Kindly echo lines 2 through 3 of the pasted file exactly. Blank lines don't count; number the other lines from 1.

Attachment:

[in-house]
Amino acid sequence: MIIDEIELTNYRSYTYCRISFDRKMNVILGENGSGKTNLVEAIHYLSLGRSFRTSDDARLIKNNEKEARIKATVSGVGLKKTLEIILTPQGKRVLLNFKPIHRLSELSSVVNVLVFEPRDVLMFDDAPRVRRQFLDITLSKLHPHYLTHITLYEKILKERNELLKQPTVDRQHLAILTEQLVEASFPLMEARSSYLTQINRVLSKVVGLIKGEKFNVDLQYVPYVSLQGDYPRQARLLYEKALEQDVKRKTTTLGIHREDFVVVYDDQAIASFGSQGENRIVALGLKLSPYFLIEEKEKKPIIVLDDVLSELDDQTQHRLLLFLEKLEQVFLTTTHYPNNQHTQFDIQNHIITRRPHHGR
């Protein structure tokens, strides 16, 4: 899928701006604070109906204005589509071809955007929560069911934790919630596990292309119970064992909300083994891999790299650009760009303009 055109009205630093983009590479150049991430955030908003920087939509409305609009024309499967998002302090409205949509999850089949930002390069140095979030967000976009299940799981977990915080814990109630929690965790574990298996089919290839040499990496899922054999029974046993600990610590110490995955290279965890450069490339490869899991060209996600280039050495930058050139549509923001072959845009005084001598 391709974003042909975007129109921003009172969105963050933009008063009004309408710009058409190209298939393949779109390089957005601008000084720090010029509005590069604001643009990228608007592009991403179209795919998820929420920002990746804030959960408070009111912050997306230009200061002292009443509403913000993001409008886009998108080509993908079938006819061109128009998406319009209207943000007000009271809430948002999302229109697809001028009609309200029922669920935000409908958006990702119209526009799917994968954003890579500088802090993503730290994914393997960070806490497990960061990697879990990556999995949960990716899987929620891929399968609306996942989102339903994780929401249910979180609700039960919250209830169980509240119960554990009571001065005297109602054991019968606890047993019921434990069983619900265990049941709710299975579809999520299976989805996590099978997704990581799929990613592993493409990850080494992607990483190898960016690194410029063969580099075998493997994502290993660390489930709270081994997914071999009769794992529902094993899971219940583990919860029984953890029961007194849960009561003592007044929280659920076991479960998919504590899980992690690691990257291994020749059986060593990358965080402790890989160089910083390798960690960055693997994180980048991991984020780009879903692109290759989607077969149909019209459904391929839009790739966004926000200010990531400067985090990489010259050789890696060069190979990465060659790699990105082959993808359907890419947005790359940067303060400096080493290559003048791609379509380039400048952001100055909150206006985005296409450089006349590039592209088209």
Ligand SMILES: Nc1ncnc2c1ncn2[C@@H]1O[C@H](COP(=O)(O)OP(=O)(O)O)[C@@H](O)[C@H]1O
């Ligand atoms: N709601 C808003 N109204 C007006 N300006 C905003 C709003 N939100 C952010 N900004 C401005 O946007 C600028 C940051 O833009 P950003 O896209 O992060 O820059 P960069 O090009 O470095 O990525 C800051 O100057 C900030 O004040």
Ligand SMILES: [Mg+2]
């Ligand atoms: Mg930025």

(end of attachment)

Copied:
Amino acid sequence: MIIDEIELTNYRSYTYCRISFDRKMNVILGENGSGKTNLVEAIHYLSLGRSFRTSDDARLIKNNEKEARIKATVSGVGLKKTLEIILTPQGKRVLLNFKPIHRLSELSSVVNVLVFEPRDVLMFDDAPRVRRQFLDITLSKLHPHYLTHITLYEKILKERNELLKQPTVDRQHLAILTEQLVEASFPLMEARSSYLTQINRVLSKVVGLIKGEKFNVDLQYVPYVSLQGDYPRQARLLYEKALEQDVKRKTTTLGIHREDFVVVYDDQAIASFGSQGENRIVALGLKLSPYFLIEEKEKKPIIVLDDVLSELDDQTQHRLLLFLEKLEQVFLTTTHYPNNQHTQFDIQNHIITRRPHHGR
């Protein structure tokens, strides 16, 4: 899928701006604070109906204005589509071809955007929560069911934790919630596990292309119970064992909300083994891999790299650009760009303009 055109009205630093983009590479150049991430955030908003920087939509409305609009024309499967998002302090409205949509999850089949930002390069140095979030967000976009299940799981977990915080814990109630929690965790574990298996089919290839040499990496899922054999029974046993600990610590110490995955290279965890450069490339490869899991060209996600280039050495930058050139549509923001072959845009005084001598 391709974003042909975007129109921003009172969105963050933009008063009004309408710009058409190209298939393949779109390089957005601008000084720090010029509005590069604001643009990228608007592009991403179209795919998820929420920002990746804030959960408070009111912050997306230009200061002292009443509403913000993001409008886009998108080509993908079938006819061109128009998406319009209207943000007000009271809430948002999302229109697809001028009609309200029922669920935000409908958006990702119209526009799917994968954003890579500088802090993503730290994914393997960070806490497990960061990697879990990556999995949960990716899987929620891929399968609306996942989102339903994780929401249910979180609700039960919250209830169980509240119960554990009571001065005297109602054991019968606890047993019921434990069983619900265990049941709710299975579809999520299976989805996590099978997704990581799929990613592993493409990850080494992607990483190898960016690194410029063969580099075998493997994502290993660390489930709270081994997914071999009769794992529902094993899971219940583990919860029984953890029961007194849960009561003592007044929280659920076991479960998919504590899980992690690691990257291994020749059986060593990358965080402790890989160089910083390798960690960055693997994180980048991991984020780009879903692109290759989607077969149909019209459904391929839009790739966004926000200010990531400067985090990489010259050789890696060069190979990465060659790699990105082959993808359907890419947005790359940067303060400096080493290559003048791609379509380039400048952001100055909150206006985005296409450089006349590039592209088209």